A reader’s letter in a Yorkshire newspaper gives a brief picture of part of my education in the mid-thirties. It was written by someone who must have been incarcerated in the charity school at roughly the same time I was (1936). My father, a fairly prosperous Liverpool accountant, had abandoned the family in my 8th year and my mother had returned to her working class roots. My mother could no longer afford to keep me and an opening was sought for me at a charity school, recommended by a vicar at the local Anglican Church who was a subscriber. I seem to remember feeling that I was being given away.
The school had been established in the 18th century, in a building erected in on the site of a chapel which was built in the thirteenth century. It had previously been a poor house, an archery court and a prison; described as a House of Correction. It was now recorded as being for orphans and the children of poor families. Parents, when they existed, were required to “relinquish control and management of the child, and to concede the authority to place the child to trade or service”. Footmen and poultry boys for the great Yorkshire houses figured prominently in the lists of jobs at the time when I found myself incarcerated there.
I was taken there by my mother who delivered me to the entrance hall and was then rapidly got rid of. Taken up to a dormitory where I was told to wait, I looked through a window and saw her standing dejectedly in the street.
Years later she said, “I wanted to go back inside and take you back home, but I knew it was something life couldn’t afford me”.
A letter, a copy of which reached me just a year or two ago, came from a former pupil who spent some years at the school, with his brother, at a slightly later time that I was sent there. He writes about an occasion when his brother was struck by the then headmaster: a man I remember with surprising clarity.
My correspondent wrote: “This was a common occurrence. Mr. …… was a Jekyll and Hyde character, avuncular to visitors but brutal in his treatment of the boys. He wore a signet ring and one of the pastimes was to compare bruises to see who could exhibit the most complete replica of the ring.
For a period I was Matron’s prefect and had to collect shopping. On a cold winter’s day I visited Wright’s butchers where an elderly woman took pity and bought me a Wright’s pork pie – the nearest thing to heaven I could recall.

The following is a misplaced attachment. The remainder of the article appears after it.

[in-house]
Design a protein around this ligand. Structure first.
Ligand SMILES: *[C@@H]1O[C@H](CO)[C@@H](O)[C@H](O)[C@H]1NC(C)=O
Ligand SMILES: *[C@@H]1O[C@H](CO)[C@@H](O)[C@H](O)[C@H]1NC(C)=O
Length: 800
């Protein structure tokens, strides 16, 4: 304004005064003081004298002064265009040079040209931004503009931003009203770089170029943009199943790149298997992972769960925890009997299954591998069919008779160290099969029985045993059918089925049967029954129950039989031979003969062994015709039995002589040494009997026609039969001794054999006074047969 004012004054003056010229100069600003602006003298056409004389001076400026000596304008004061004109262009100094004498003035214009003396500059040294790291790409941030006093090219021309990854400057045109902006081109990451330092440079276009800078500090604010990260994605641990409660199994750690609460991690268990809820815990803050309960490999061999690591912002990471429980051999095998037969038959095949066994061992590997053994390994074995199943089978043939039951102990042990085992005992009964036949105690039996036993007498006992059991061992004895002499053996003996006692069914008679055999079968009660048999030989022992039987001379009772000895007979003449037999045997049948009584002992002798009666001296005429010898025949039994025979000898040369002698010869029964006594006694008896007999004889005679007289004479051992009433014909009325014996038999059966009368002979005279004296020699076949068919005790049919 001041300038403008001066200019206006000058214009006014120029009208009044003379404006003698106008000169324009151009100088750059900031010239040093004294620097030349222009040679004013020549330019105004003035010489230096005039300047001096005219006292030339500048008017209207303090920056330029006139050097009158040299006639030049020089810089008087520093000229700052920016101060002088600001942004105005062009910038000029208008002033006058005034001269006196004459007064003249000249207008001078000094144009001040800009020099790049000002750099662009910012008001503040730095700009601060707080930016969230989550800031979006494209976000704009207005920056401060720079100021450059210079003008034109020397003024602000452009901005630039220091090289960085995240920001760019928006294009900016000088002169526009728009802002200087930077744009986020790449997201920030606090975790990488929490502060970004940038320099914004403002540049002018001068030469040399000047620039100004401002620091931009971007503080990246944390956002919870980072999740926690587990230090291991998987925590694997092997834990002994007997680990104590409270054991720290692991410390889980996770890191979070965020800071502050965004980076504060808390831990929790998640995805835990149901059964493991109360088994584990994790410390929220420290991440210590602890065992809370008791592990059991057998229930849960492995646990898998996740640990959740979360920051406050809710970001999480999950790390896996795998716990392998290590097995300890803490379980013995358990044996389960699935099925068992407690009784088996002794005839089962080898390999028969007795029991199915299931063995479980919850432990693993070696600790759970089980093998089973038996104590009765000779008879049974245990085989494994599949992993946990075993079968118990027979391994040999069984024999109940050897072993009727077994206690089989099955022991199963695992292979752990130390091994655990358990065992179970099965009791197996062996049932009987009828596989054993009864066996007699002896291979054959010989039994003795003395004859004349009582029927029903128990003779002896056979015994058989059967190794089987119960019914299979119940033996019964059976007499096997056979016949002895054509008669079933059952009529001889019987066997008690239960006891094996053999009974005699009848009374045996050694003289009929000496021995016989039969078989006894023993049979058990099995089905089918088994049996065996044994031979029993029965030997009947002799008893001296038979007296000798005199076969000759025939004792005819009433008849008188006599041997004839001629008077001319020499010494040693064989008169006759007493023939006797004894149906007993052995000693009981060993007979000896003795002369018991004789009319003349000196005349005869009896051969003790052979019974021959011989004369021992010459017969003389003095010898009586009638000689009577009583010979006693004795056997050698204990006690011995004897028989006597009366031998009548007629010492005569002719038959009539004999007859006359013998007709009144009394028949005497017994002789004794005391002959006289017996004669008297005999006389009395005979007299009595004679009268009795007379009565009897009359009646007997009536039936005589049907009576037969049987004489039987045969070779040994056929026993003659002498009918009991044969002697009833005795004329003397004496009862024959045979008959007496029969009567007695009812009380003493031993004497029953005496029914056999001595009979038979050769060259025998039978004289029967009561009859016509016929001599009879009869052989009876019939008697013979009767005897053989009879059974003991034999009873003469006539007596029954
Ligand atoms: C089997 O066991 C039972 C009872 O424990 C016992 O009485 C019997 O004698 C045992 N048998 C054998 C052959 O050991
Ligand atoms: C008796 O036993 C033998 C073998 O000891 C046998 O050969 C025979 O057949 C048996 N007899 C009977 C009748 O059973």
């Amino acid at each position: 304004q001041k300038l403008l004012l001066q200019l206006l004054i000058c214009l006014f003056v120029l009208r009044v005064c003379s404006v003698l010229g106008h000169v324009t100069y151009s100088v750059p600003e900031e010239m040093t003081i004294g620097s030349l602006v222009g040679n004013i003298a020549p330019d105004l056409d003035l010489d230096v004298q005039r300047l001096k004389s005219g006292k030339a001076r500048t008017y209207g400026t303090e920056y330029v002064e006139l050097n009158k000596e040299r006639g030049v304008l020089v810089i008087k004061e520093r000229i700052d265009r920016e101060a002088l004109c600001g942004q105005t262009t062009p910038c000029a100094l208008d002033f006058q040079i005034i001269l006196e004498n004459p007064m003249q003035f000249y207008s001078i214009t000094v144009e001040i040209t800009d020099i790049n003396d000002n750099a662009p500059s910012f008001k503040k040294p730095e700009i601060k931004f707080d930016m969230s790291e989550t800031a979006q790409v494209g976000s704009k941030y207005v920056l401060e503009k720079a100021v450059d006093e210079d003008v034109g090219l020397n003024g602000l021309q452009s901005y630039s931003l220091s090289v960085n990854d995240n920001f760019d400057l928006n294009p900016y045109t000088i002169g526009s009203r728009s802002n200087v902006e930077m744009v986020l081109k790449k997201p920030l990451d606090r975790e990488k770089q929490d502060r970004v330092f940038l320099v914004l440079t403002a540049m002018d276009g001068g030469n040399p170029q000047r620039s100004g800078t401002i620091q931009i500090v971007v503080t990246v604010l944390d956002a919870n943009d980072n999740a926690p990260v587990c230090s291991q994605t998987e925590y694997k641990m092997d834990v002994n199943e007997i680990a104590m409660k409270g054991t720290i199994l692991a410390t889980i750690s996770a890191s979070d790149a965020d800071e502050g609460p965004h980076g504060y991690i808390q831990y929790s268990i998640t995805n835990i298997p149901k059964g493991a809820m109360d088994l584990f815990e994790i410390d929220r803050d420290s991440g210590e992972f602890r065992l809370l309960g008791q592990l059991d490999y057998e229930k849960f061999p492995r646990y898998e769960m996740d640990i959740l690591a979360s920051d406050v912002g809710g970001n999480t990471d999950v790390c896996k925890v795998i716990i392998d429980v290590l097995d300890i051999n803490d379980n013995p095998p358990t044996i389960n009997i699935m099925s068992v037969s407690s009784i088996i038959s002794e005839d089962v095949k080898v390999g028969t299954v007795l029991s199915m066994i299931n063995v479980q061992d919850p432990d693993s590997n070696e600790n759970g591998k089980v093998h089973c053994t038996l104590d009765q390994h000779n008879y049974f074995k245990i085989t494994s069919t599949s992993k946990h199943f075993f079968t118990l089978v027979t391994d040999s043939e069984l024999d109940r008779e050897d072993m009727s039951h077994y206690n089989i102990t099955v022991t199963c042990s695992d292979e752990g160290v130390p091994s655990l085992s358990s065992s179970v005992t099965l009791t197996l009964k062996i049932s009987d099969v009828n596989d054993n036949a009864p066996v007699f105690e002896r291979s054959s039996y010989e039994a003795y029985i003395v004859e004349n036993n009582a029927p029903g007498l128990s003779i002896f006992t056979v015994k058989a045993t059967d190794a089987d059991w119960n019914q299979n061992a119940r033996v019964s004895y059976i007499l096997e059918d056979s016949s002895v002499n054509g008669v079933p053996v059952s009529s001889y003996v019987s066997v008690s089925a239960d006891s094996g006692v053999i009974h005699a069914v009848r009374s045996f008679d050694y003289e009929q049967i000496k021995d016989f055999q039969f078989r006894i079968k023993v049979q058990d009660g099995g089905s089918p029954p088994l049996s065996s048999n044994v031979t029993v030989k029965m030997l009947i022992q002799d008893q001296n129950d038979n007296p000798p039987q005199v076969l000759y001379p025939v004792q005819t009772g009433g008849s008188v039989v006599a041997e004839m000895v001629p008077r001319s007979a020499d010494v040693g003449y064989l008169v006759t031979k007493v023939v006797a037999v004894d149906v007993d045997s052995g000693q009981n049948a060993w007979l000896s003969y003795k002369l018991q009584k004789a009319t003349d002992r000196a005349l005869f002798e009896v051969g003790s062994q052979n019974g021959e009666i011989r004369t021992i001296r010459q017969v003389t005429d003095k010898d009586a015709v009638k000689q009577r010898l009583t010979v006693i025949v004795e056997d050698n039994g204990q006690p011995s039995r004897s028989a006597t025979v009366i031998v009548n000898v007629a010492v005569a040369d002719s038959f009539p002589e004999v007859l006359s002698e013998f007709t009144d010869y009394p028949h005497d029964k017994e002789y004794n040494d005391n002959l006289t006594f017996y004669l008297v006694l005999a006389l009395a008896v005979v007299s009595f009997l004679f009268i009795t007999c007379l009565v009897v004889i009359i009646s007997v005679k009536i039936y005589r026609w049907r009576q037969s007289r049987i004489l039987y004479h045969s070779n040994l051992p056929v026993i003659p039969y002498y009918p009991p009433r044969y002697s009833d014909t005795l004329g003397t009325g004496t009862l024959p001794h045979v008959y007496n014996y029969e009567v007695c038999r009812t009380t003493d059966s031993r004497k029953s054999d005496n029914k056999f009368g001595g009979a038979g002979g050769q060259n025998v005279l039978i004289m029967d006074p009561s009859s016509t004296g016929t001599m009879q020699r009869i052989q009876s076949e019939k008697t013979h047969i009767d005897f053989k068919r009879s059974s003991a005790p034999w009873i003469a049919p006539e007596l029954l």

A week or so later I was dragged in front of my class and beaten by Mr…….. who accused me of having stolen from my schoolmates, when it should have been handed in for the benefit of all.”
Other letters bear out similar treatments, and the quality of the food generally which was appalling. My own particular memory is red cabbage. I can taste it as I write. In the evenings, on days when it was still light, we were marched out to a site a couple of miles from the school where a sports field was being made, our job being to pull the heavy roller. When, as darkness fell we were marched back we were given a supper of red cabbage and dry bread. The sports field was not for us. Rumour had it that it was for a nearby public school.
When the school was closed after the war it was handed over to an Institute of Historical Research. I have their glossy brochure before me. It advertises such items as the Royal Charter of Charles ll; the churchwarden’s accounts for St. Michaels 1641; but nowhere is there anything relating to the later charity school.
Following some incident I absconded, climbing the city wall to gain my freedom. Home was two days walk away, but my mother refused to allow them to take me back, and I was sent to the local council school.
In 1910 Featherstone’s Lister Baths was opened by coal mine owner John Lister who donated the baths to the community ‘to show his appreciation for the work they did at local collieries’ it was said. It became a focal point for the whole community. A few months before the outbreak of war the baths were adapted for a more sinister purpose.
They were converted into a decontamination centre for the treatment of poison gas. We believed it was coming. At fourteen I was a member of the team being trained to cope. Some of the victims of world war one still sat on their doorsteps, coughing their lungs away.